The Great Sea [Paper Mario: The Origami King]
Paper Mario: The Origami King takes a few lengthy detours as you slowly explore the Paper Mushroom Kingdom. By far the biggest level is the Great Sea — where Mario captains a ship to search for a mythical underwater temple. To find the dungeon’s location, you’ll have to explore different islands in whatever order you want, piecing together clues and diving into the water in search of treasure. This massive stage really makes you feel like an explorer on the hunt for a lost artifact. And you really have to solve a puzzle, too! It’s pretty hardcore for a kid’s game.
The Factory [Amnesia: Rebirth]
One of the most chilling sections of Amnesia: Rebirth comes at the end. After your heroine experiences a mysterious pregnancy, she travels to an alternate dimension where an ancient civilization extracts a miraculous fluid called “anima” from human vessels. This anima might just save your baby’s life — but you’ll need to acquire it first. This leads you to the Factory, a facility where humans are tortured en masse and guarded by twisted faceless wraiths. You become your own worst enemy when you get a chilling choice at the end of the stage; torture a man to death, or risk letting your unborn baby die. Now that’s some dark stuff to talk about right after Paper Mario: The Origami King.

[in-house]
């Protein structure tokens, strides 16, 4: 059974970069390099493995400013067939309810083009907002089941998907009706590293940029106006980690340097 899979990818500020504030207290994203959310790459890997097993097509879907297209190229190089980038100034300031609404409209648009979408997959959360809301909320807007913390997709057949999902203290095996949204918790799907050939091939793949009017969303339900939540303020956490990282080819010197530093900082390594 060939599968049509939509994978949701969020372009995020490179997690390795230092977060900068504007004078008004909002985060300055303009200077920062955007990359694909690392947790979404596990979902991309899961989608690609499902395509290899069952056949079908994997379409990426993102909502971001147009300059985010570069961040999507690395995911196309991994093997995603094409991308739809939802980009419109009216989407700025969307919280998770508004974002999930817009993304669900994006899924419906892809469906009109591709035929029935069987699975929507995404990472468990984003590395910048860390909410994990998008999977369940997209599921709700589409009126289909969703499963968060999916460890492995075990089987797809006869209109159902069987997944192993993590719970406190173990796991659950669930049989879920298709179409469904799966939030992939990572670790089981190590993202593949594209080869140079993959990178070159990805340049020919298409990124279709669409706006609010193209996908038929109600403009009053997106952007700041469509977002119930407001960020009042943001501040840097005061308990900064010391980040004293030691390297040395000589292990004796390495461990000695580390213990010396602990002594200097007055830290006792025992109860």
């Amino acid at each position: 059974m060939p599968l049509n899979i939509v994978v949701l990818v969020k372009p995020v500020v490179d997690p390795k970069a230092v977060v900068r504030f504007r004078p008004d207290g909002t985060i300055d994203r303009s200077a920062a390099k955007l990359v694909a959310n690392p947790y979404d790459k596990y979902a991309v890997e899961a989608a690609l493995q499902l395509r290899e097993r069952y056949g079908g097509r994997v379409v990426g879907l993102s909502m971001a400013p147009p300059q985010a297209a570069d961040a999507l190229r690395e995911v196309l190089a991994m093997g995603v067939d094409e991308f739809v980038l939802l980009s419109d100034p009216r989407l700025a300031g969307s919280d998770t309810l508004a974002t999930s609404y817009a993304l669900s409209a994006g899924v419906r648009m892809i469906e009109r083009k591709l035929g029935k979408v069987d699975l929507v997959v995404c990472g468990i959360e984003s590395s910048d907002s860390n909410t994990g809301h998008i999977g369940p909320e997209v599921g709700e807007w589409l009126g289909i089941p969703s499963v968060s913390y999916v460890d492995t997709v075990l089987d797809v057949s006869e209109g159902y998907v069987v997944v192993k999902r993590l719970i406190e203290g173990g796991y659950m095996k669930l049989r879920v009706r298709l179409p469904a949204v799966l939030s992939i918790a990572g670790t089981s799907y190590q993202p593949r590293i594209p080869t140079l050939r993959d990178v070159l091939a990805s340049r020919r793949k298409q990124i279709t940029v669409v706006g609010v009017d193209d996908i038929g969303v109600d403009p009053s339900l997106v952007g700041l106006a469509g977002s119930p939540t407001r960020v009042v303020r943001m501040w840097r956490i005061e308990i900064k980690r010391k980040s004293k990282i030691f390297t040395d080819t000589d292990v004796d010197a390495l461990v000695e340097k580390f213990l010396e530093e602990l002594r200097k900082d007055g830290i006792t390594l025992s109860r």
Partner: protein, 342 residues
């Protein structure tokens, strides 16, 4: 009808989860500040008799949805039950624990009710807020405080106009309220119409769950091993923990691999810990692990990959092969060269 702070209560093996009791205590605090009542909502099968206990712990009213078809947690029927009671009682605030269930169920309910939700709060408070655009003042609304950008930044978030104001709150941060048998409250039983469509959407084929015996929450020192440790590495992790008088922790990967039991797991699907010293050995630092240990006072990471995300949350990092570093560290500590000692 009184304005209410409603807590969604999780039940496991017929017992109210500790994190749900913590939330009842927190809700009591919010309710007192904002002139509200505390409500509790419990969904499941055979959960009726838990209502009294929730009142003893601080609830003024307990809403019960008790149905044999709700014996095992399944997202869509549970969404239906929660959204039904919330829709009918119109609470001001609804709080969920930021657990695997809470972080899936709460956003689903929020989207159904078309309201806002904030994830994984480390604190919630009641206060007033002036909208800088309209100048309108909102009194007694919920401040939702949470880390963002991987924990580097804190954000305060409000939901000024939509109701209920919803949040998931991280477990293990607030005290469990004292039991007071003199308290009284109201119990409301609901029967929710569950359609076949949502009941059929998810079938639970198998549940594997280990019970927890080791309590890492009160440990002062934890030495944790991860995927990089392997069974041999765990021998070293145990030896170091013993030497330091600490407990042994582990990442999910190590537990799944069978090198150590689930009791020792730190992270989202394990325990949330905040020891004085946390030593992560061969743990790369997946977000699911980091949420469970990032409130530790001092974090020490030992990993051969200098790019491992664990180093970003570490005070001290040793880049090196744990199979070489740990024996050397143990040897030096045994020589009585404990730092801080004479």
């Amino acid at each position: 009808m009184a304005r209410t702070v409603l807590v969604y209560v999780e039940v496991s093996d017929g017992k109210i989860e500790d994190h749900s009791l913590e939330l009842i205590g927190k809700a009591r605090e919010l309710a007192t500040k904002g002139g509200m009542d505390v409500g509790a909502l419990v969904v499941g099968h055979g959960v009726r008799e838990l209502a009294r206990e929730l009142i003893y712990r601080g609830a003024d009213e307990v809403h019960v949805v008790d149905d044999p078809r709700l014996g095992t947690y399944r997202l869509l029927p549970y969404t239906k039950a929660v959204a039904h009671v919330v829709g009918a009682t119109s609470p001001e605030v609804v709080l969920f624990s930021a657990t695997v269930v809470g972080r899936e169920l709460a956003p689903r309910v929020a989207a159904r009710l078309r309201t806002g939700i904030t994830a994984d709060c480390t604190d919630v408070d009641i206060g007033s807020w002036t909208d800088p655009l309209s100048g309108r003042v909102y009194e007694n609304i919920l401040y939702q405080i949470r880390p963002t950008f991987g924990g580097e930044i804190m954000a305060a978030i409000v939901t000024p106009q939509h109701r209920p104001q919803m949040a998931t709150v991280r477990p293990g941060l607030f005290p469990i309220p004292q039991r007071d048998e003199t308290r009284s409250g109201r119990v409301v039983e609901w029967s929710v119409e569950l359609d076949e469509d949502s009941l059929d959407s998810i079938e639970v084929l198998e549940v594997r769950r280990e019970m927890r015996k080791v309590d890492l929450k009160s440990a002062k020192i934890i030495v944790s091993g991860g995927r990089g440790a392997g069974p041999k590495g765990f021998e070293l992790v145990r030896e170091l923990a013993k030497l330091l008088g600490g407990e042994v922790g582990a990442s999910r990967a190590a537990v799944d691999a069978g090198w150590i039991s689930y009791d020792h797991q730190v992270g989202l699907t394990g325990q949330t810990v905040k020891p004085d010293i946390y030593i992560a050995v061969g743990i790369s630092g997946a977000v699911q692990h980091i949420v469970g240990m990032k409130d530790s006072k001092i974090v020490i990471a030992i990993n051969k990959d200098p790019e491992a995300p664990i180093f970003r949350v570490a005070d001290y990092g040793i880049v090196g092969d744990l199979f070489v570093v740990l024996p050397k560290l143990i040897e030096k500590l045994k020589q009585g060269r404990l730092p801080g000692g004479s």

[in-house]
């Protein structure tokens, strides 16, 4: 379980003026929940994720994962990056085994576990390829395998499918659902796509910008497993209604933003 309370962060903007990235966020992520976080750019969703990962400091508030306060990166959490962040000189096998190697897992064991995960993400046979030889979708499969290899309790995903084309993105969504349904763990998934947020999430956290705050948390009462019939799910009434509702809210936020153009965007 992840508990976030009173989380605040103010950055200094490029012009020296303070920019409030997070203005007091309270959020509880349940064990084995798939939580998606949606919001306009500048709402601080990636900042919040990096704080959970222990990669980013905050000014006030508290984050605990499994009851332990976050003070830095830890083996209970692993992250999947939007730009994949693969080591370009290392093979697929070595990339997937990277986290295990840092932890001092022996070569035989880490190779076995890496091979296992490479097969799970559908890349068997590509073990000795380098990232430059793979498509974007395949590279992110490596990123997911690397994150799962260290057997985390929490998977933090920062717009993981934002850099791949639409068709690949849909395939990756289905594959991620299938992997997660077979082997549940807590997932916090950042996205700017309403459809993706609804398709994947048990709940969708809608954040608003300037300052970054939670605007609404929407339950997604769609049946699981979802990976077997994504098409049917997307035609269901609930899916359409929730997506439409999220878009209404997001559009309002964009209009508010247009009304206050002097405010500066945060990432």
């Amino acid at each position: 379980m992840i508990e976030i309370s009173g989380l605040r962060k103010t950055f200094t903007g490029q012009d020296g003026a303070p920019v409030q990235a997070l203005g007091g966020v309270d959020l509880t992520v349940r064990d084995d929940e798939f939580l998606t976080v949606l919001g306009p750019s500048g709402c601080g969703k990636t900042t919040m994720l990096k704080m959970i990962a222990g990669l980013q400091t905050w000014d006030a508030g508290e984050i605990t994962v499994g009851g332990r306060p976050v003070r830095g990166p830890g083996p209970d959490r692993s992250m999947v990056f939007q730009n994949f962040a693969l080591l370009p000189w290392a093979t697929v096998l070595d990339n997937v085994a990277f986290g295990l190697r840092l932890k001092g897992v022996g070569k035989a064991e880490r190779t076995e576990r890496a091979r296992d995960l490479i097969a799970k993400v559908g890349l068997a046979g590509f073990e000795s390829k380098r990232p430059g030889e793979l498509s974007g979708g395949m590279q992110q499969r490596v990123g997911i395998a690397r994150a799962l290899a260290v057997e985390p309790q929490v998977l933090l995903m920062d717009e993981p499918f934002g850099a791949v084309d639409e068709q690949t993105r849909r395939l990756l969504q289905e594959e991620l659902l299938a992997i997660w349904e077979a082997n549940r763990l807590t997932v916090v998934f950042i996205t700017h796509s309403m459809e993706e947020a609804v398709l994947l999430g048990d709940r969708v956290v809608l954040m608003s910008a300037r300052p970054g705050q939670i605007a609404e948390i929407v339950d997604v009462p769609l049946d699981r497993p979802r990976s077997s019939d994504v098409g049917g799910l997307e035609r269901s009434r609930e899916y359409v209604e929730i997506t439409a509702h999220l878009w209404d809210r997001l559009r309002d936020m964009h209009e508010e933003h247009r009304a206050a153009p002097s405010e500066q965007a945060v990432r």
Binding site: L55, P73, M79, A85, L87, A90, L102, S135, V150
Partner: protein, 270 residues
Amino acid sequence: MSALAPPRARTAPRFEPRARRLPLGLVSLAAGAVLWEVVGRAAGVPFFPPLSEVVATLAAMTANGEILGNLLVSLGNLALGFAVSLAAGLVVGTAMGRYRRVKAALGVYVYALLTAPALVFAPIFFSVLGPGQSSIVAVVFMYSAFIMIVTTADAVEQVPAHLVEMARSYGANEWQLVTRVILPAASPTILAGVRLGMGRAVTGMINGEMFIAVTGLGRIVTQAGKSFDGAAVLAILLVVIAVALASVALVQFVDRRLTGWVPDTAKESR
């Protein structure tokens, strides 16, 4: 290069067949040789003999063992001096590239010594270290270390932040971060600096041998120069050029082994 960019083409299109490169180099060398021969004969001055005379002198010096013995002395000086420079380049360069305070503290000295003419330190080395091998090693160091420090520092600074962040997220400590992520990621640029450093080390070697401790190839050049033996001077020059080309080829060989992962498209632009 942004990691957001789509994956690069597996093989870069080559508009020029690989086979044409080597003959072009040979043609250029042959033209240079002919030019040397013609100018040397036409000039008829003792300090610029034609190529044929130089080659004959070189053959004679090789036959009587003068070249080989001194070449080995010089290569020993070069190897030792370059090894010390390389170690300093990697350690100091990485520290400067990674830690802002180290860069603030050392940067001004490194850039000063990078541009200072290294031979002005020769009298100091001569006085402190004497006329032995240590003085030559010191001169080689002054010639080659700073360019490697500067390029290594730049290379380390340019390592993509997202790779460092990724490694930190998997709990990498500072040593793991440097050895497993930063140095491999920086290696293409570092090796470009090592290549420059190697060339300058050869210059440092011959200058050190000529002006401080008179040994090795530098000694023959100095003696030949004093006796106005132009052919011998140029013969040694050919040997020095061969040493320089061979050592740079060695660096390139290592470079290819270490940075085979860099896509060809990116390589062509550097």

Mount Olympus [Immortals: Fenyx Rising]
Immortals: Fenyx Rising comes pretty close to matching the magic of Legend of Zelda: Breath of the Wild. And the world design becomes really special when you’re sent to scale Mount Olympus — an enormous mountain that’s been wrecked by a never-ending blizzard. The snow and wind makes it impossible to use your climbing skills, so instead you have to platform and navigate across the rooms like one gigantic Mario 64 level. It’s a great piece of design with an epic scale, and it’s one of those things we’d like to see in more open-world games. That’s high praise for this little Ubisoft side-project.
A new year means more new levels. We can’t wait to dig into the big games of 2021 — but in the meantime, if there are any 2020 levels you think belong on our list, be sure to hit us up. We’re always looking for new levels to explore.